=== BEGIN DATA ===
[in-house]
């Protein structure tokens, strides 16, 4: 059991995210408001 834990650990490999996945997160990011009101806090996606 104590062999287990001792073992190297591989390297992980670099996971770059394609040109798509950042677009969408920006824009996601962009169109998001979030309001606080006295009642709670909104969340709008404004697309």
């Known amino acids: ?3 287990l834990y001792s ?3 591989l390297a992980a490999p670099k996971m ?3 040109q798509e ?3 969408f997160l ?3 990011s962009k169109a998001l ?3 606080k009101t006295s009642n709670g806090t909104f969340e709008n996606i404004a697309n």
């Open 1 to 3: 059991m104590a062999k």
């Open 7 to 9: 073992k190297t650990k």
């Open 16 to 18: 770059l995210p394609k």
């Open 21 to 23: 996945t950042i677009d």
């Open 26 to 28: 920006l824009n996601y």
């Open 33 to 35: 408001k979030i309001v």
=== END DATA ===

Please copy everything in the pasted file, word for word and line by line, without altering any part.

[in-house]
């Protein structure tokens, strides 16, 4: 059991995210408001 834990650990490999996945997160990011009101806090996606 104590062999287990001792073992190297591989390297992980670099996971770059394609040109798509950042677009969408920006824009996601962009169109998001979030309001606080006295009642709670909104969340709008404004697309």
């Known amino acids: ?3 287990l834990y001792s ?3 591989l390297a992980a490999p670099k996971m ?3 040109q798509e ?3 969408f997160l ?3 990011s962009k169109a998001l ?3 606080k009101t006295s009642n709670g806090t909104f969340e709008n996606i404004a697309n």
């Open 1 to 3: 059991m104590a062999k």
């Open 7 to 9: 073992k190297t650990k």
């Open 16 to 18: 770059l995210p394609k």
């Open 21 to 23: 996945t950042i677009d």
């Open 26 to 28: 920006l824009n996601y």
């Open 33 to 35: 408001k979030i309001v």